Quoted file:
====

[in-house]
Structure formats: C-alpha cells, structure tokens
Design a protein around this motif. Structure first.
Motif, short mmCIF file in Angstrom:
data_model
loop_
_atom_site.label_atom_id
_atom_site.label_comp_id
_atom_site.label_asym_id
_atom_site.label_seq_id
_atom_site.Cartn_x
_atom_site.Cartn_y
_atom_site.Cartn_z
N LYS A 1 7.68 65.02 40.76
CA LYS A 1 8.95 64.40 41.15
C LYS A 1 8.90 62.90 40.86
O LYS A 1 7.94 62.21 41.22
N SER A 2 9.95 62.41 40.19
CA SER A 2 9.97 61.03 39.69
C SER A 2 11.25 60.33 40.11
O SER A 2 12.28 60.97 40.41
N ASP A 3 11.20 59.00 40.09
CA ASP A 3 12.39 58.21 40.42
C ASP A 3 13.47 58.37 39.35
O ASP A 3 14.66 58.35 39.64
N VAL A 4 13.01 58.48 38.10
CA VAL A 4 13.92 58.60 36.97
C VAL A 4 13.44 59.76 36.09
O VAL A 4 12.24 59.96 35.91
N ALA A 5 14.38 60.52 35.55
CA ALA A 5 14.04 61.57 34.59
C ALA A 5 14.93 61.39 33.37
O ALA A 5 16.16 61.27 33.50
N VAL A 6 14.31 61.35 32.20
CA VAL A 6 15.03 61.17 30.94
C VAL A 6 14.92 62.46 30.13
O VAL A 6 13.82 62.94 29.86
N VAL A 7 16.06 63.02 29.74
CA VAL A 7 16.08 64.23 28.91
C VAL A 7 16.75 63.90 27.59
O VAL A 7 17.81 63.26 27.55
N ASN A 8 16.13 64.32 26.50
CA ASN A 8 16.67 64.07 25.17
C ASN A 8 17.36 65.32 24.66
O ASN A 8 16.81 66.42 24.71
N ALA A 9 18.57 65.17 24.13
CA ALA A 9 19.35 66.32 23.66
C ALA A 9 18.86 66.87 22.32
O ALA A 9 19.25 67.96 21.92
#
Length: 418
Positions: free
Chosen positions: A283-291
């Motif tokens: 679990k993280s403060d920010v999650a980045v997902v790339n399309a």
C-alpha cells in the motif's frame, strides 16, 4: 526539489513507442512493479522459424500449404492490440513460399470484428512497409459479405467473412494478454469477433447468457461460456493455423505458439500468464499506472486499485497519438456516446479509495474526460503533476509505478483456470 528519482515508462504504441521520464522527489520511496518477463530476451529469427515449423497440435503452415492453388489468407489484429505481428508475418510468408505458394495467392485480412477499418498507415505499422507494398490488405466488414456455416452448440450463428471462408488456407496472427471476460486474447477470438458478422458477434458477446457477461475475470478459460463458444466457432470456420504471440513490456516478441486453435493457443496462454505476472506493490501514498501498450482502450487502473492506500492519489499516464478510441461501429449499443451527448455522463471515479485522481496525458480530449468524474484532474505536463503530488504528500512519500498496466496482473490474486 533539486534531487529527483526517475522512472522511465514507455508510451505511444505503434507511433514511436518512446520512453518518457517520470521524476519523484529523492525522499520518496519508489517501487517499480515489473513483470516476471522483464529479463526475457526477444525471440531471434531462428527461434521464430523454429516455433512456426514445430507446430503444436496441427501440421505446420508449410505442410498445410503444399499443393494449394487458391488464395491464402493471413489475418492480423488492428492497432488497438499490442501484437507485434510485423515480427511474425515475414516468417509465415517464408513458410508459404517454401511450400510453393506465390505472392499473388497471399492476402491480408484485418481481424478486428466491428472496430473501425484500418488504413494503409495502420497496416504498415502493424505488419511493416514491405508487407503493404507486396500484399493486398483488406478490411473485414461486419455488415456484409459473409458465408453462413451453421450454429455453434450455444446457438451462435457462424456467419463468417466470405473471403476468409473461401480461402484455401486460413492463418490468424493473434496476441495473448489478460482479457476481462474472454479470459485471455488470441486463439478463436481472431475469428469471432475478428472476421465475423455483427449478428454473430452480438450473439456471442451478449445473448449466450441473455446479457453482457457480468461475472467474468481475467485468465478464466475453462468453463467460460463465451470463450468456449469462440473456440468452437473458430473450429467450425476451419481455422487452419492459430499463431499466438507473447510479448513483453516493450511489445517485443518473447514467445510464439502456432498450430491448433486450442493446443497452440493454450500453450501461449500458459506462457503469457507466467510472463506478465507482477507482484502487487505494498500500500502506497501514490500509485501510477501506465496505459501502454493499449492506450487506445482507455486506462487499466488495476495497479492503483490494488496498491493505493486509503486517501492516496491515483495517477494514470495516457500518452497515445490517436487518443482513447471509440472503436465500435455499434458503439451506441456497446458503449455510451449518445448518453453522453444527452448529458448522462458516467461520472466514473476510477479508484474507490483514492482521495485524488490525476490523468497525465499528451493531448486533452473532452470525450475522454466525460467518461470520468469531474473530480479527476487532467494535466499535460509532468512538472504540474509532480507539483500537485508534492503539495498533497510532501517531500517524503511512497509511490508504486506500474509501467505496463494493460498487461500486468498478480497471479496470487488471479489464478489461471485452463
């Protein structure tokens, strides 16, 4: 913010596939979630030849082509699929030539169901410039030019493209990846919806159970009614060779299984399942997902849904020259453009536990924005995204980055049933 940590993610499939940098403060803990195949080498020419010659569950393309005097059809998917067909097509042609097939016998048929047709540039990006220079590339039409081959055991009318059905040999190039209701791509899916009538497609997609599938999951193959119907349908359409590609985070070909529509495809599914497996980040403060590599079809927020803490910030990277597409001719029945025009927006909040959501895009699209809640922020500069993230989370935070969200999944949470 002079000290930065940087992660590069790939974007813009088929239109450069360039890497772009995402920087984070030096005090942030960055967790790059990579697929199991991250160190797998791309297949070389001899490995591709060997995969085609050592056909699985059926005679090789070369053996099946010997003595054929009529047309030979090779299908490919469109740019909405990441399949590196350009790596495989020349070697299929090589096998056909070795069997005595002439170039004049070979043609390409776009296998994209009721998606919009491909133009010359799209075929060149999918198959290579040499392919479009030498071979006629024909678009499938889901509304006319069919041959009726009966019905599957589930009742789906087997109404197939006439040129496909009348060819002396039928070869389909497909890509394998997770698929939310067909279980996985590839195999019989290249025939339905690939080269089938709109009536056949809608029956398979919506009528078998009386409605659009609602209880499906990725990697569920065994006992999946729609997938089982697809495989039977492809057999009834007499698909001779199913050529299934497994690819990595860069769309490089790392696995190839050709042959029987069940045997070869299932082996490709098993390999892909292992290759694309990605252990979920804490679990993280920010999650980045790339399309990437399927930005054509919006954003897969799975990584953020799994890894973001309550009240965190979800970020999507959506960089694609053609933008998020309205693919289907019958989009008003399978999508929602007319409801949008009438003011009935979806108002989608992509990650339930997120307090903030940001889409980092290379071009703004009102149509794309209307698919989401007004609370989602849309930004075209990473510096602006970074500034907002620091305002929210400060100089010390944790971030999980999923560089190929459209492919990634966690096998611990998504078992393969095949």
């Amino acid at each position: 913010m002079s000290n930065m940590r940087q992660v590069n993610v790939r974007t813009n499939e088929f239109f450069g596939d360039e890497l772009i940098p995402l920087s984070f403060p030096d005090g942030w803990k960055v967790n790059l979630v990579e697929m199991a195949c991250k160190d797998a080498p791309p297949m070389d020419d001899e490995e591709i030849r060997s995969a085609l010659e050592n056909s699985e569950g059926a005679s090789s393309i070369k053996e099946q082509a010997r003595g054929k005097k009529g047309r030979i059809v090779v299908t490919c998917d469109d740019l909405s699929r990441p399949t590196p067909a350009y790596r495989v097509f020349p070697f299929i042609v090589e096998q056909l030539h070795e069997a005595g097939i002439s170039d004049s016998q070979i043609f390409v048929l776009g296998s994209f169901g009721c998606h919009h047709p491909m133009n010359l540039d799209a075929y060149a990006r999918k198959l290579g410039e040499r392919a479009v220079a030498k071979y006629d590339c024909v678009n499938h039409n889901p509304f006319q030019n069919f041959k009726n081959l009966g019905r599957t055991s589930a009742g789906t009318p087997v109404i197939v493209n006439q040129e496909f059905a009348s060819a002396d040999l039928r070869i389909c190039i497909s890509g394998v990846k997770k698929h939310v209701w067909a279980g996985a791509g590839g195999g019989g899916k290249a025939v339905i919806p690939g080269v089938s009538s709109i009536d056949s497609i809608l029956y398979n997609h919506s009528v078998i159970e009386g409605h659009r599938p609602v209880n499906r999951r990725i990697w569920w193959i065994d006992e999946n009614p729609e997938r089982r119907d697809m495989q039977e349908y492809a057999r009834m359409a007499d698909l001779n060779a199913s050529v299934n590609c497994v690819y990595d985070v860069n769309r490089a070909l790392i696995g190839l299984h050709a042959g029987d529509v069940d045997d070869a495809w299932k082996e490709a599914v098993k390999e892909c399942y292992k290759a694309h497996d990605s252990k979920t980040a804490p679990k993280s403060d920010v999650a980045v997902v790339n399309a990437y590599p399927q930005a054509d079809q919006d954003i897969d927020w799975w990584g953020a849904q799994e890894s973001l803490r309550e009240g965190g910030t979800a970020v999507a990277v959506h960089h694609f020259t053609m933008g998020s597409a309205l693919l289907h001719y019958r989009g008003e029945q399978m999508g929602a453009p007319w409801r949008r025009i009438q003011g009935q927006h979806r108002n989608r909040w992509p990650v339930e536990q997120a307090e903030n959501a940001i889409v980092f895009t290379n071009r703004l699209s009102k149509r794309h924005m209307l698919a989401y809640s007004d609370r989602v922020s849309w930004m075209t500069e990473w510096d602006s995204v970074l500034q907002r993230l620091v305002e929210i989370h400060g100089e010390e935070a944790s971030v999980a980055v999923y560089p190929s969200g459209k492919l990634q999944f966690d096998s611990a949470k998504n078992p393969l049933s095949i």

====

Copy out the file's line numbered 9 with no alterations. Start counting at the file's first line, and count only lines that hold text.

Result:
_atom_site.label_asym_id